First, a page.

“A complete lack of caution is perhaps one of the true signs of a real gourmet: he has no need for it, being filled as he is with a God-given and intelligently self-cultivated sense of gastronomical freedom.”
Malacca – And why its a must visit when it comes to the best food offered, for locals and foreigners!
Whilst we’re still on the subject of Malacca (Melaka) why dont we all listen to an artist namely Ziana Zain who’s brother is another Multi Award Winning artist, Anuar Zain – both are from Malacca.
Whilst most people flock to Kuala Lumpur and Penang first, to me Malacca (Melaka in Malay) is unequivocally my favourite Malaysian city. As a crucial trading port for over 600 years, the city reveals an unexpected mix of historical remains from the British, Dutch and Portuguese rule beside funky graffiti and wall art, Malacca is Malaysia’s hippest and most historical city.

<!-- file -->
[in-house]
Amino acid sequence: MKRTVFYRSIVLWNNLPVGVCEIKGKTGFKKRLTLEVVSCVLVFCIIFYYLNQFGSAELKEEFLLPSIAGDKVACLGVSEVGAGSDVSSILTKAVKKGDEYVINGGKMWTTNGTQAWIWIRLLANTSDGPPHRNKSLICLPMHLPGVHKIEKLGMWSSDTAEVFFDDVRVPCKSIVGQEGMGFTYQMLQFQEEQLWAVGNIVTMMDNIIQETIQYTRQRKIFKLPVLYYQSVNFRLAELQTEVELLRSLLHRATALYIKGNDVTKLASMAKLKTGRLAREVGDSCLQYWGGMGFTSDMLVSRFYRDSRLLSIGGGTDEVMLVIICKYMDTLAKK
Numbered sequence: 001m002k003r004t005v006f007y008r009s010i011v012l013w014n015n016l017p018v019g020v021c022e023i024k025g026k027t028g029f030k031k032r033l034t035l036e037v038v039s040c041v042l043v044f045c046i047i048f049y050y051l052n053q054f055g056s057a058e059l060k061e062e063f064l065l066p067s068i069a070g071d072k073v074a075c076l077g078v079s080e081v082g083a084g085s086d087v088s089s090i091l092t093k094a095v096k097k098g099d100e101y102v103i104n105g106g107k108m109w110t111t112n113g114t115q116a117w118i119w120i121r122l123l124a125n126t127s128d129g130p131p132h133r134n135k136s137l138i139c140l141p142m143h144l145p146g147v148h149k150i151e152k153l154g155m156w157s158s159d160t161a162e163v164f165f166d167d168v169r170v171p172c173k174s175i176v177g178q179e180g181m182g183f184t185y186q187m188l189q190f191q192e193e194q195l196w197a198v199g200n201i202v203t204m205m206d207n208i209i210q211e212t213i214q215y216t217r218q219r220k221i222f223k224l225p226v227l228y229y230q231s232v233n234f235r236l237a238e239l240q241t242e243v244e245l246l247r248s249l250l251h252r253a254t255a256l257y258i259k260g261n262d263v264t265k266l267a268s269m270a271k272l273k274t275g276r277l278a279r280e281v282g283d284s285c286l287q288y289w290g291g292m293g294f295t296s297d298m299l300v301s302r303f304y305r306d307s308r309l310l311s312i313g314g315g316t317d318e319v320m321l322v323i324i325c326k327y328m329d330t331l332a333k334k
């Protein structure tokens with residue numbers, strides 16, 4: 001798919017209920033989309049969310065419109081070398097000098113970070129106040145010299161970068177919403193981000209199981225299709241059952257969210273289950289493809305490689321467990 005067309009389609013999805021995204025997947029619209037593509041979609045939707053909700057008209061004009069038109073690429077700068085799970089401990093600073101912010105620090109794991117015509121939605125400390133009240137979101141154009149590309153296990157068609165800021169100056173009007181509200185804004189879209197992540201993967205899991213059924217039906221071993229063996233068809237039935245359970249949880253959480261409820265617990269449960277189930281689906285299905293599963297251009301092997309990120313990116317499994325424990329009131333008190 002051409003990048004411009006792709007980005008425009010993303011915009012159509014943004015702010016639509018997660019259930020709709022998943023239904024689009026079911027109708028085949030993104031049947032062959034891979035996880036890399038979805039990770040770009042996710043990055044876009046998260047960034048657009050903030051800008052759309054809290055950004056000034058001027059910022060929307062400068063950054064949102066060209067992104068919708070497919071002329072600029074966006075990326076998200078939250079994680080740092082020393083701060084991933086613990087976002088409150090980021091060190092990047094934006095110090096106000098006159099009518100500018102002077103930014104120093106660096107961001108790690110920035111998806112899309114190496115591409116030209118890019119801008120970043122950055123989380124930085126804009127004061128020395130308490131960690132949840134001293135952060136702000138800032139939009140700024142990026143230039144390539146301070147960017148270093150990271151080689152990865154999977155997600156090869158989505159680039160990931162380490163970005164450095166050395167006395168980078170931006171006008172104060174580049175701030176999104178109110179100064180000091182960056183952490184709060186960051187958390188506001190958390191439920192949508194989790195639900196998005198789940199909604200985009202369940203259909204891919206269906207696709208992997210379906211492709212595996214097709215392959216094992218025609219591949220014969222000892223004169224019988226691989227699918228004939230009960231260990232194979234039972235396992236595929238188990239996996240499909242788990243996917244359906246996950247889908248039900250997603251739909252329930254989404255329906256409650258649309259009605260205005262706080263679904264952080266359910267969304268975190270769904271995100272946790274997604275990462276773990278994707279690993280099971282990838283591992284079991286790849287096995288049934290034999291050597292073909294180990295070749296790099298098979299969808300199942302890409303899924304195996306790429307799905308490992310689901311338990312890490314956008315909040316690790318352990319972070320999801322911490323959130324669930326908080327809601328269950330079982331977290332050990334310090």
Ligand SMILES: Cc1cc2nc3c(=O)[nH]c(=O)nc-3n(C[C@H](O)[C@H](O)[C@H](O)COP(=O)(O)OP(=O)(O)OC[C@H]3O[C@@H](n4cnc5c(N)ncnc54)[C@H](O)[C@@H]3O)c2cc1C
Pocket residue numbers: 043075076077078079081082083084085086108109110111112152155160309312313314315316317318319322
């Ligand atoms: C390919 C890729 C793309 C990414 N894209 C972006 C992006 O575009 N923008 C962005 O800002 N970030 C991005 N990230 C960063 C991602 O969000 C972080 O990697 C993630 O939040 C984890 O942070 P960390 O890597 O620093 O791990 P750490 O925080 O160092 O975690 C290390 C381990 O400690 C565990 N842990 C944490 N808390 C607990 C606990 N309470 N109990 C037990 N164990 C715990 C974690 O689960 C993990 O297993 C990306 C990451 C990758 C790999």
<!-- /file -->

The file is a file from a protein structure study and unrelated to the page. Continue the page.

“Why I love it above all else…..For Its Food lah!!”
In case you didnt know about why I have a “lah” at the end of the above (brown coloured) phrase…..
Now that we have come to the last part of this four part series of article solely focused on Malacca (Melaka) I’ll make myself clear that Melaka isnt the only place in Malaysia that needs discovering but since it’s the focus right now, its the only place that I know that has such an array of great food and for me, its the birthplace of what we know as Malaysia today, the rich history of ethnicity, culture, government and the mixture of all the races that have eminated from this small state.
If not for Malacca, we probably wouldnt have Malaysia as it is today and it might have ended up a very much different kinda country which is not neccesarily a good thing. So lets all be thankful for the blessings that Malacca has brought about and treasure its diversity and cultural richness and colour.
Now lets divulge ourselves into the last four delicious dishes Malacca (Melaka) has to offer. As I said sometime back, I am featuring only the most popular dishes Malacca has to offer as it would cover too many articles to go through every single dish offered in this tiny state, so as it is…..the last 4 dishes that would be considered as the most popular in Malacca!.